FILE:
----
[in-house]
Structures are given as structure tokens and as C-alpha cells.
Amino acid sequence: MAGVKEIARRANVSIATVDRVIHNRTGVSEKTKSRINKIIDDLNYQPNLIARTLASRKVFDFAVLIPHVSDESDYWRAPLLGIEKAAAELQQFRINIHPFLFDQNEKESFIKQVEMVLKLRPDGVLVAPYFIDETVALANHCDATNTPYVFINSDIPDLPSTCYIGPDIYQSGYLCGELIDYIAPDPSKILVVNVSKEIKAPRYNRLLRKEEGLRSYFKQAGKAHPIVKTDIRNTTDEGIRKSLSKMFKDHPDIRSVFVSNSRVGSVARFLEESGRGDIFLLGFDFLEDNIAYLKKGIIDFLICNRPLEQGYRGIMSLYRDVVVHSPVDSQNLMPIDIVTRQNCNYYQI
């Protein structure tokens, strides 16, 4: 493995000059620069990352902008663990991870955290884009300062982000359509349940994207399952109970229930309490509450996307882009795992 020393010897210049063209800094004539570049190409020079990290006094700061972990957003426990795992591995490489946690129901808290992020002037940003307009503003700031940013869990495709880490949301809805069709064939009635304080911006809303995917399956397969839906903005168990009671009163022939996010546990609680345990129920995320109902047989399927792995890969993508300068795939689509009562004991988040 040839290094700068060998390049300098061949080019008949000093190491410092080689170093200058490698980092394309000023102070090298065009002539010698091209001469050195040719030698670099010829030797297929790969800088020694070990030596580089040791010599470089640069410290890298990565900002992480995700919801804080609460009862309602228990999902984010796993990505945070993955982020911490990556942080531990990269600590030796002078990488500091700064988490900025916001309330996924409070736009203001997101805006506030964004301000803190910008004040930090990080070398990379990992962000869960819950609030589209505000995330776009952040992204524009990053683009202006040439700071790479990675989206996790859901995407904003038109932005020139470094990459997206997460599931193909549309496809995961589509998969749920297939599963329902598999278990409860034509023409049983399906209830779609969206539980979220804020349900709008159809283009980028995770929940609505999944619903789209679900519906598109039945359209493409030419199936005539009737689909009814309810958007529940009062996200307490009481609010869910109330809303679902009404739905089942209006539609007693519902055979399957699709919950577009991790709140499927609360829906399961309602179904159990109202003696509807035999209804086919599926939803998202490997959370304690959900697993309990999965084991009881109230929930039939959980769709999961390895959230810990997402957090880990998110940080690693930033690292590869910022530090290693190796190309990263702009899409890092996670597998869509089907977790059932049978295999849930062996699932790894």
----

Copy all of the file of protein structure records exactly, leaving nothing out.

[in-house]
Structures are given as structure tokens and as C-alpha cells.
Amino acid sequence: MAGVKEIARRANVSIATVDRVIHNRTGVSEKTKSRINKIIDDLNYQPNLIARTLASRKVFDFAVLIPHVSDESDYWRAPLLGIEKAAAELQQFRINIHPFLFDQNEKESFIKQVEMVLKLRPDGVLVAPYFIDETVALANHCDATNTPYVFINSDIPDLPSTCYIGPDIYQSGYLCGELIDYIAPDPSKILVVNVSKEIKAPRYNRLLRKEEGLRSYFKQAGKAHPIVKTDIRNTTDEGIRKSLSKMFKDHPDIRSVFVSNSRVGSVARFLEESGRGDIFLLGFDFLEDNIAYLKKGIIDFLICNRPLEQGYRGIMSLYRDVVVHSPVDSQNLMPIDIVTRQNCNYYQI
């Protein structure tokens, strides 16, 4: 493995000059620069990352902008663990991870955290884009300062982000359509349940994207399952109970229930309490509450996307882009795992 020393010897210049063209800094004539570049190409020079990290006094700061972990957003426990795992591995490489946690129901808290992020002037940003307009503003700031940013869990495709880490949301809805069709064939009635304080911006809303995917399956397969839906903005168990009671009163022939996010546990609680345990129920995320109902047989399927792995890969993508300068795939689509009562004991988040 040839290094700068060998390049300098061949080019008949000093190491410092080689170093200058490698980092394309000023102070090298065009002539010698091209001469050195040719030698670099010829030797297929790969800088020694070990030596580089040791010599470089640069410290890298990565900002992480995700919801804080609460009862309602228990999902984010796993990505945070993955982020911490990556942080531990990269600590030796002078990488500091700064988490900025916001309330996924409070736009203001997101805006506030964004301000803190910008004040930090990080070398990379990992962000869960819950609030589209505000995330776009952040992204524009990053683009202006040439700071790479990675989206996790859901995407904003038109932005020139470094990459997206997460599931193909549309496809995961589509998969749920297939599963329902598999278990409860034509023409049983399906209830779609969206539980979220804020349900709008159809283009980028995770929940609505999944619903789209679900519906598109039945359209493409030419199936005539009737689909009814309810958007529940009062996200307490009481609010869910109330809303679902009404739905089942209006539609007693519902055979399957699709919950577009991790709140499927609360829906399961309602179904159990109202003696509807035999209804086919599926939803998202490997959370304690959900697993309990999965084991009881109230929930039939959980769709999961390895959230810990997402957090880990998110940080690693930033690292590869910022530090290693190796190309990263702009899409890092996670597998869509089907977790059932049978295999849930062996699932790894």